Robert “Wreck-It Rob” Sullivan prefers to dream big. | Photo: Keith Mills/Sherdog.com
The music industry is a notoriously difficult world in which to make a living. So is the cutthroat fight business. Robert Sullivan has tried his hand at both.
The current iteration of “Wreck-It Rob” seems determined to succeed in MMA, with the primary goal of becoming a household name in the Ultimate Fighting Championship. Sullivan has spent the last several years honing his skills at the sport’s lower reaches, and though he has competed mostly on the regional circuit, he does have a November 2013 victory over Sergio da Silva in Bellator MMA to his credit. While he concedes his 6-3 record is nothing at which to shake a stick, it has not deterred him from showing consistent improvement and training harder on a daily basis.
Now 31, Sullivan began his formal Brazilian jiu-jitsu training in 2006 and did not get started in MMA until he was his late 20s. He previously fronted the Baltimore-based hardcore band Ruiner and believes the work ethic he learned from music will one day allow him to reach the highest levels of mixed martial arts.
Sullivan can point to his success as a musician. While it is one thing to play in a garage band, scratch together some tunes and maybe record a demo, Sullivan and his friends made names for themselves on the underground hardcore scene. Ruiner was successful enough that it released a few EPs, cut full-length albums like “Prepare to Be Let Down” and toured across the globe. The band played in various venues, from dingy, smoke-filled bars with a few dozen people to massive outdoor amphitheaters filled with tens of thousands of fans. Life on the road was not easy, far from it, in fact.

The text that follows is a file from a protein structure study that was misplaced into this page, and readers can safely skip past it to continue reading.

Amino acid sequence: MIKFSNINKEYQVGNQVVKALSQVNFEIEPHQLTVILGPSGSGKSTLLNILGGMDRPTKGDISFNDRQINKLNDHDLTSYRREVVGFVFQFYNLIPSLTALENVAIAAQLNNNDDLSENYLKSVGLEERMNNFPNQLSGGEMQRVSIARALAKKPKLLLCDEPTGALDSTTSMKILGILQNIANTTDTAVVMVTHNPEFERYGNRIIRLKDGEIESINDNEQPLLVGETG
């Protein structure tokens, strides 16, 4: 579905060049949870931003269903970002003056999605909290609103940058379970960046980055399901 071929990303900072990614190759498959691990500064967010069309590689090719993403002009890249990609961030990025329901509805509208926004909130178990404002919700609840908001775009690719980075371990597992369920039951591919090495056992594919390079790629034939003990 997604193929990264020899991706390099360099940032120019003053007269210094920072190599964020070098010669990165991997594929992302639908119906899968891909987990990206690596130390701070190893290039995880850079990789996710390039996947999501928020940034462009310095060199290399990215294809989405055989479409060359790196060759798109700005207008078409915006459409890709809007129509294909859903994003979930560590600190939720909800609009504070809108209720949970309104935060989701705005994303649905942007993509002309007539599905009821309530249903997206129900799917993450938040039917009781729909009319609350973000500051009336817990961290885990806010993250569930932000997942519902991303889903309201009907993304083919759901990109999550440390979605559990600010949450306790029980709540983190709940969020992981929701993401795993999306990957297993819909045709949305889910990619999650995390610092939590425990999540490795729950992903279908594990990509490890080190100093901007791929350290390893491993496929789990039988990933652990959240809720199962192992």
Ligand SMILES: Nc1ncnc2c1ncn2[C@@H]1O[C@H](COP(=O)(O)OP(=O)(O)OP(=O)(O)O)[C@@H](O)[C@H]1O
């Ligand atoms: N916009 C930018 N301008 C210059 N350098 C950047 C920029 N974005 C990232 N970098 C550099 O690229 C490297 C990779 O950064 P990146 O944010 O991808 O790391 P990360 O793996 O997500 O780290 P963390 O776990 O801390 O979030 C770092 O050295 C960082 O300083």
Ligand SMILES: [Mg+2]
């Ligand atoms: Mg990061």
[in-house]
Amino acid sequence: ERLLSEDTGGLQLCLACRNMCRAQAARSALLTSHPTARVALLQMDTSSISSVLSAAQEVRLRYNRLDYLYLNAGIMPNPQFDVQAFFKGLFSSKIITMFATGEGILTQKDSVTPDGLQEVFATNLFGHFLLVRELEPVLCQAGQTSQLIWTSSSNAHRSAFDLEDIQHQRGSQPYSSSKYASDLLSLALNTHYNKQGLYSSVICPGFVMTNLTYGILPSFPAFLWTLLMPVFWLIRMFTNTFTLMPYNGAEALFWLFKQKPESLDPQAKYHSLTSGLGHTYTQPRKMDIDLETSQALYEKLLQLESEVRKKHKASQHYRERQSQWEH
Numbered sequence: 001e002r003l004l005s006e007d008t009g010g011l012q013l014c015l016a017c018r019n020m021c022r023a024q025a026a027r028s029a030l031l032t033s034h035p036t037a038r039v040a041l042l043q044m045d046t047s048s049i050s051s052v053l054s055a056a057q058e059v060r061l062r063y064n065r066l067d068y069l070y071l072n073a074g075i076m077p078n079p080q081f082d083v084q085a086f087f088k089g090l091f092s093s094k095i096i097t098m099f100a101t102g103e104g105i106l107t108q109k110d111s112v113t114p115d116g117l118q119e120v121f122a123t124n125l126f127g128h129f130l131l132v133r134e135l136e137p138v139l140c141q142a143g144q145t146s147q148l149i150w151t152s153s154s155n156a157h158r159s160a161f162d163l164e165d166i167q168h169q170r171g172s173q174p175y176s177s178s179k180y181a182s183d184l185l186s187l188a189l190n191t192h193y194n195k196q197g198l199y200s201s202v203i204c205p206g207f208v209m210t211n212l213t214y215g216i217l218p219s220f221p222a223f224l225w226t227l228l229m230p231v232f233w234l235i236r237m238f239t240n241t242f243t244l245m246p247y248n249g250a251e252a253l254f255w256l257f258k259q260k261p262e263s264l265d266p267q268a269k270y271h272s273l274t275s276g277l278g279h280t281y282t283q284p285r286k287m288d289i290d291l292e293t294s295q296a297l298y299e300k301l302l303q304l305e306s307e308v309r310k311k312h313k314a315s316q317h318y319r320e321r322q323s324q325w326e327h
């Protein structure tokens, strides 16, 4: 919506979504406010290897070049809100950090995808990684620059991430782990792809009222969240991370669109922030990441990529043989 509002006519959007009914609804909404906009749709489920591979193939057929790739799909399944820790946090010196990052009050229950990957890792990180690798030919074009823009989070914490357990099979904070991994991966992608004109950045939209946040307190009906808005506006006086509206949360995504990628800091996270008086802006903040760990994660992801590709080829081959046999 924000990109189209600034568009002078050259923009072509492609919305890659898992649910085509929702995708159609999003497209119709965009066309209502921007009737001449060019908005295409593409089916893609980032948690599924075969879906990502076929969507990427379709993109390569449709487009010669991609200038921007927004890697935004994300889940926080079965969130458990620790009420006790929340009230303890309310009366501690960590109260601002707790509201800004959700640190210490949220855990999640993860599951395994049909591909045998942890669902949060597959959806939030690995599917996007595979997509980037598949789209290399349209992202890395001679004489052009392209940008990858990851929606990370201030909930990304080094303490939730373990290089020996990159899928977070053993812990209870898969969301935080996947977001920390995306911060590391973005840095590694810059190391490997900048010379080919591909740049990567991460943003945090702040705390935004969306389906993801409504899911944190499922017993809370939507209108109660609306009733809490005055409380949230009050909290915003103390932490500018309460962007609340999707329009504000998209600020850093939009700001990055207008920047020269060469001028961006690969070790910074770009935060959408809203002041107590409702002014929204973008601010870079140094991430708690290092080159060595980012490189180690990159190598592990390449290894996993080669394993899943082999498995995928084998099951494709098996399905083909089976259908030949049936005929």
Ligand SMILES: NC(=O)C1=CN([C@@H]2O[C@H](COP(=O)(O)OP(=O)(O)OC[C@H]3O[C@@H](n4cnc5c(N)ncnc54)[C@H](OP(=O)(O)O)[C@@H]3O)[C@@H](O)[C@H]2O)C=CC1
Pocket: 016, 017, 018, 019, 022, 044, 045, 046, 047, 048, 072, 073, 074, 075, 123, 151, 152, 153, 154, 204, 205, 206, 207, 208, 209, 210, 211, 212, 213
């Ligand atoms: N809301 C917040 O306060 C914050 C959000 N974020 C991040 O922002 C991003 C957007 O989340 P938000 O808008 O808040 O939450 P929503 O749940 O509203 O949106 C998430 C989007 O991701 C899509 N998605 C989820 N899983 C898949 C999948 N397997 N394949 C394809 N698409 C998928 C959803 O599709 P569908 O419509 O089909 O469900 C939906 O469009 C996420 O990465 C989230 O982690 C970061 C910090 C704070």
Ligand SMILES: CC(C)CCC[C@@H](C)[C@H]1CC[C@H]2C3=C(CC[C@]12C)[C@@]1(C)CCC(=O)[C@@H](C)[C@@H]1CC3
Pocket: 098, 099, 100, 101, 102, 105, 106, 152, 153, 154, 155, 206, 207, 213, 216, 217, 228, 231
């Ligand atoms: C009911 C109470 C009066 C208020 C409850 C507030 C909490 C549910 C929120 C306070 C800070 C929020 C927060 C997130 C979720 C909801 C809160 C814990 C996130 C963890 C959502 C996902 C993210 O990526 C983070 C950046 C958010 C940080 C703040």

“We wanted to tour, and we had this black-flag mentality of getting into a van and just [expletive] going out there,” Sullivan told Sherdog.com. “We would spend like six, seven months on and off the road, come back and do a record and then tour again. I was mainly in charge of the band’s PR, and I booked all the tours. We made it onto a kind of big label (Bridge Nine Records), and it started to take off.”
After sharing the stage with established metal and hardcore acts like Agnostic Front, The Black Dahlia Murder, Anti-Flag, Converge, Municipal Waste and countless others, Sullivan and his Ruiner bandmates lost their passion for the music life and split up in 2010.
From there, Sullivan transitioned full-time into MMA. He had spent significant time wrestling as a youth and had also trained in boxing and jiu-jitsu, so it made for a natural progression from one career to the next. Sullivan trains six days a week, splitting his time between Baltimore BJJ and Method MMA in Maryland and Martinez MMA in Philadelphia. He now finds himself at a pivotal point in his career as a full-contact fighter.
Sullivan admits he can draw similarities between the rush he felt fronting a band onstage and what he feels when he steps into the cage to compete. He has rattled off three consecutive wins, most recently appearing at a Shogun Fights event on April 18. There, Sullivan followed his victories against Timothy Wade and James Murrin with a three-round unanimous decision over Jonathan Vineyard at the Royal Farms Arena in Baltimore.
“Wreck-It Rob” understands the road to the UFC is paved with the broken dreams of prospective fighters who set out with the same desires to which he now clings. He plans to try out for an upcoming season of “The Ultimate Fighter,” even though he regularly competes at 135 pounds and the next installment of the Fox Sports 1 reality series is reportedly scheduled to feature fighters from weight classes above his own.
“I’m prepared to try out for the show,” said Sullivan, who has also cut his teeth inside the Rhode Island-based CES MMA organization. “I know it won’t be easy, but I feel as though I have enough talent to at least make it onto the show. The season [I plan to try out for] will be a few weight classes above my fighting weight, but I walk around kind of heavy anyway.”
Sullivan feels his rich past gives him an advantage in the selection process.
“I think my back story is different from a lot of fighters,” he added. “I know a lot of that show is about the story, and I think mine fits the mold. A lot of times, I’ll see these guys on the show and they seem to only care about being on TV and not being a fighter. I want to be a fighter who is on TV, and I think I have an edge over almost everybody else if [the UFC] is looking for stories.”